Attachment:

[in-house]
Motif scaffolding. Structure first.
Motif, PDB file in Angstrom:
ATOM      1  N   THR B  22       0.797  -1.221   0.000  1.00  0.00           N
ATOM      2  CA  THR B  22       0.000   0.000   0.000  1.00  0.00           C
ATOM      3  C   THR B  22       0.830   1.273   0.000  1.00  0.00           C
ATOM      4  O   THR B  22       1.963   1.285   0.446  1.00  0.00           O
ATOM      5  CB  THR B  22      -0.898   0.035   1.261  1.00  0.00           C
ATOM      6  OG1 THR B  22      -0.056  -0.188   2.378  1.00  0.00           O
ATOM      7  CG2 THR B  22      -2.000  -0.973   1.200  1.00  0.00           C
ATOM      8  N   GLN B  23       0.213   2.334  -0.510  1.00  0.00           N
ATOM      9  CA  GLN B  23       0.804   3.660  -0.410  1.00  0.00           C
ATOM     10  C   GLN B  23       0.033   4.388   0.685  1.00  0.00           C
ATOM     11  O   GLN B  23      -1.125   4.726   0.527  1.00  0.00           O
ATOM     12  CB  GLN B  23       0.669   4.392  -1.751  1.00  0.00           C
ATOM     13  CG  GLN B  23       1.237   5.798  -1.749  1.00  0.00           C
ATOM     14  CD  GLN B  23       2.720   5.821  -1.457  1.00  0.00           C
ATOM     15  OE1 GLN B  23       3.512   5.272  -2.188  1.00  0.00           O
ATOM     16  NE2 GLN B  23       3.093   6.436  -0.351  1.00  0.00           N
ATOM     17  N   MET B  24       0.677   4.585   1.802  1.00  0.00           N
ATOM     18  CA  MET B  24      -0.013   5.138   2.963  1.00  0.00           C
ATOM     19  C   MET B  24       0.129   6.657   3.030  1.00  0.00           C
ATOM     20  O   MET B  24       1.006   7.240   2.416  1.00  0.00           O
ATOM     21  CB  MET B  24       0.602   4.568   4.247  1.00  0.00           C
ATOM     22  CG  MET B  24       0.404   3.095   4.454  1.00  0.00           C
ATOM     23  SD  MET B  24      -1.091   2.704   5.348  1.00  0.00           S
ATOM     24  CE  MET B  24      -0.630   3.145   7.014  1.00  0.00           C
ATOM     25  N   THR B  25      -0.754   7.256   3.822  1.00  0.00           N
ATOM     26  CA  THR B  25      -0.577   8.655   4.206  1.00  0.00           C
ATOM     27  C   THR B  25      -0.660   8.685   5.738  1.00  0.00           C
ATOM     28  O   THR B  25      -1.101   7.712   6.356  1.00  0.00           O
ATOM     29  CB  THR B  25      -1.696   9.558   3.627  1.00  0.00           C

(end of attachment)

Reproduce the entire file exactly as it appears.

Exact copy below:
[in-house]
Motif scaffolding. Structure first.
Motif, PDB file in Angstrom:
ATOM      1  N   THR B  22       0.797  -1.221   0.000  1.00  0.00           N
ATOM      2  CA  THR B  22       0.000   0.000   0.000  1.00  0.00           C
ATOM      3  C   THR B  22       0.830   1.273   0.000  1.00  0.00           C
ATOM      4  O   THR B  22       1.963   1.285   0.446  1.00  0.00           O
ATOM      5  CB  THR B  22      -0.898   0.035   1.261  1.00  0.00           C
ATOM      6  OG1 THR B  22      -0.056  -0.188   2.378  1.00  0.00           O
ATOM      7  CG2 THR B  22      -2.000  -0.973   1.200  1.00  0.00           C
ATOM      8  N   GLN B  23       0.213   2.334  -0.510  1.00  0.00           N
ATOM      9  CA  GLN B  23       0.804   3.660  -0.410  1.00  0.00           C
ATOM     10  C   GLN B  23       0.033   4.388   0.685  1.00  0.00           C
ATOM     11  O   GLN B  23      -1.125   4.726   0.527  1.00  0.00           O
ATOM     12  CB  GLN B  23       0.669   4.392  -1.751  1.00  0.00           C
ATOM     13  CG  GLN B  23       1.237   5.798  -1.749  1.00  0.00           C
ATOM     14  CD  GLN B  23       2.720   5.821  -1.457  1.00  0.00           C
ATOM     15  OE1 GLN B  23       3.512   5.272  -2.188  1.00  0.00           O
ATOM     16  NE2 GLN B  23       3.093   6.436  -0.351  1.00  0.00           N
ATOM     17  N   MET B  24       0.677   4.585   1.802  1.00  0.00           N
ATOM     18  CA  MET B  24      -0.013   5.138   2.963  1.00  0.00           C
ATOM     19  C   MET B  24       0.129   6.657   3.030  1.00  0.00           C
ATOM     20  O   MET B  24       1.006   7.240   2.416  1.00  0.00           O
ATOM     21  CB  MET B  24       0.602   4.568   4.247  1.00  0.00           C
ATOM     22  CG  MET B  24       0.404   3.095   4.454  1.00  0.00           C
ATOM     23  SD  MET B  24      -1.091   2.704   5.348  1.00  0.00           S
ATOM     24  CE  MET B  24      -0.630   3.145   7.014  1.00  0.00           C
ATOM     25  N   THR B  25      -0.754   7.256   3.822  1.00  0.00           N
ATOM     26  CA  THR B  25      -0.577   8.655   4.206  1.00  0.00           C
ATOM     27  C   THR B  25      -0.660   8.685   5.738  1.00  0.00           C
ATOM     28  O   THR B  25      -1.101   7.712   6.356  1.00  0.00           O
ATOM     29  CB  THR B  25      -1.696   9.558   3.627  1.00  0.00           C